a main translator serving a group of numerical designations and responsive to a called numerical designation in said group for identifying a first line associated with said called numerical designation and for supplying an alternative digit,

means for registering said alternative digit,

means responsive to the busy condition of said first line for assembling another numerical designation by replacing a digit in the called numerical designation with the said alternative digit,

a subsidiary translator responsive to said assembled numerical designation for identifying an alternative line, and

means for establishing a connection to said alternative line.

9. A telephone system in accordance with claim 8 wherein the digits of said assembled numerical designa-,

tion are identical to those of a numerical designation served by said main translator, and further including means enabled by said assembling means for inhibiting said main translator and for enabling said subsidiary translator.

10. In a telephone system having a plurality of lines,

a plurality of number group circuits each serving a respective group of numerical designations and each responsive to an interrogation with a dialed numerical designation in the respective group for identifying the line associated with said dialed numerical designation preparatory to establishing a connection thereto and for registering an alternative units digit,

means responsive to an identified line being busy for forming an alternative numerical designation from some of the digits in said dialed numerical designation and the alternative units digit supplied by the interrogated number group circuit, and

means for reinterrogating the same number group circuit with said formed designation to identify an alternative line preparatory to establishing a connection thereto;

the improvement comprising an additional number group circuit, and means responsive to said first line being busy for inhibiting the reinterrogation of the same number group circuit and for interrogating said additional number group circuit with said formed designation to identify an alternative line preparatory to establishing a connection thereto. 11. A telephone system comprising a plurality of lines, first translating means for translating a called numerical designation into a first line equipment location and an alternative numerical designation digit,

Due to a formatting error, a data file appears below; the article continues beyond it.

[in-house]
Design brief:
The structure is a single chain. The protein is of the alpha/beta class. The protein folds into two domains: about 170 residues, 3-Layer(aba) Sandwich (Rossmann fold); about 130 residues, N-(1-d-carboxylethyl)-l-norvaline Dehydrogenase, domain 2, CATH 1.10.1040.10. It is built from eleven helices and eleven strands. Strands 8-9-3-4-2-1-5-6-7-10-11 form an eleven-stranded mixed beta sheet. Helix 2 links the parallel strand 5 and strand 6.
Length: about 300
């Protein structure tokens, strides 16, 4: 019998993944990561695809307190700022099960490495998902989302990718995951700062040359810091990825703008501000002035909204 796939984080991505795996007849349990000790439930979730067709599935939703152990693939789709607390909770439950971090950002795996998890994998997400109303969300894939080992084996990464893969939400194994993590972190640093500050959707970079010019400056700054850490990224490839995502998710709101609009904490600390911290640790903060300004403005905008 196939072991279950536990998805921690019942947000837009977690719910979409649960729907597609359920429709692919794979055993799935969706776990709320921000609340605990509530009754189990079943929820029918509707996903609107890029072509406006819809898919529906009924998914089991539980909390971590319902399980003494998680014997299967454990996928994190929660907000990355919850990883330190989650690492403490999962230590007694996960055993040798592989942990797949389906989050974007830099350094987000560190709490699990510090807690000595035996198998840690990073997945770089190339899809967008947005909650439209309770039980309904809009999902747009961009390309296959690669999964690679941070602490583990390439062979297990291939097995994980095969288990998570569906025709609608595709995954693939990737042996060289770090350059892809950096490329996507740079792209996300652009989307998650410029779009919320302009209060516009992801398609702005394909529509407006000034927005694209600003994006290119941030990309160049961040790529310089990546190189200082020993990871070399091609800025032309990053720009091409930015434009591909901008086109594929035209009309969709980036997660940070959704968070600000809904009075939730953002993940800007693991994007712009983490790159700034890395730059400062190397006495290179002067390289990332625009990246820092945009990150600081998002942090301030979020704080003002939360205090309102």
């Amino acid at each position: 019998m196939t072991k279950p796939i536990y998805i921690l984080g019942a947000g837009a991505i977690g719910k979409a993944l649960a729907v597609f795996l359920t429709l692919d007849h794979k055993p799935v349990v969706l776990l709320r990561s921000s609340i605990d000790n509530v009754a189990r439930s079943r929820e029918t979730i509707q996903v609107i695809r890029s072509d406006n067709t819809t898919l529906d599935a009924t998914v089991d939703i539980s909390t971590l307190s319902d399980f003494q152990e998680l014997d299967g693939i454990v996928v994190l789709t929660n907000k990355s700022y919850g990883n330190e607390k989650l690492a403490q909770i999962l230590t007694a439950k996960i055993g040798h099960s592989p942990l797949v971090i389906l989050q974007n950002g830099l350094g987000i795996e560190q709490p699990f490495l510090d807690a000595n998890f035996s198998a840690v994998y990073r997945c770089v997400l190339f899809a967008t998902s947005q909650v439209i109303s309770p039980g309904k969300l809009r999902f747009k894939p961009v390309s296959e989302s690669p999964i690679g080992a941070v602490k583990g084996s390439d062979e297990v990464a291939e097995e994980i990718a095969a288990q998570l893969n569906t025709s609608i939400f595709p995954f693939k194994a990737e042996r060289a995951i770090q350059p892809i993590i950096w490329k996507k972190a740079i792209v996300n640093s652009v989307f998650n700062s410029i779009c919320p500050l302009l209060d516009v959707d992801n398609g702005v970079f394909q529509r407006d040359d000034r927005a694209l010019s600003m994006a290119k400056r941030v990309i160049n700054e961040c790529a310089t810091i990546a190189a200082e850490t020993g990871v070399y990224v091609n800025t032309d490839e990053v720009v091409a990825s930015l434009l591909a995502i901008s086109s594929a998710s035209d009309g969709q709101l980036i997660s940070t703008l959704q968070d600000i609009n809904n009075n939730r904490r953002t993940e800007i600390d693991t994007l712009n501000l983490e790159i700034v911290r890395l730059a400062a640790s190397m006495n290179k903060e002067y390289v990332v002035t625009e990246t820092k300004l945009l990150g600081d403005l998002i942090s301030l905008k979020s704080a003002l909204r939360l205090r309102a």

means for forming an alternative number from some of the digits in said called numerical designation and said alternative digit, second translating means for translating said formed number into a second line equipment location, and

means responsive to a called numerical designation for operating said first translating means and if said first line equipment location is busy for thereafter operating said second translating means.

12. A telephone system in accordance with claim 11 wherein said alternative number which is formed consists of the hundreds and tens digits in said called numerical designation and said alternative digit, and further including means for preventing the forming of said alternative number if said first line equipment location is idle.

13. A telephone system comprising a plurality of lines;

a first plurality of means for translating a called numerical designation into a respective first line equipment location and for supplying additional digital information;

a second lesser plurality of means for translating a number, formed from some of the digits in any said called numerical designation and said digital infor- 13 14 mation supplied by one of said first translating location is busy, and for thereafter establishing a means, into a second line equipment location; and connection to said second line equipment location. means responsive to a called numerical designation for operating one of said first translating means, for N0 mfefences citfidestablishing a connection to said first line equip- 5 ment location if it is idle, for operating one of said KATHLEEN CLAFFY Pnmary Exammer second translating means if said first line equipment T. W. BROWN, Assistant Examiner

Non-Patent Citations
Reference
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US4744102 *Jan 27, 1986May 10, 1988Koster Frederick HCrossbar line hunting arrangement
US7286661May 1, 2007Oct 23, 2007Unison Technologies LlcSystems and methods for scalable hunt-group management
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US7738650Oct 22, 2007Jun 15, 2010Unison Technologies, Inc.Systems and methods for scalable hunt-group management
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Classifications
U.S. Classification379/232, 379/289
International ClassificationH04Q3/00
Cooperative ClassificationH04Q3/0004
European ClassificationH04Q3/00B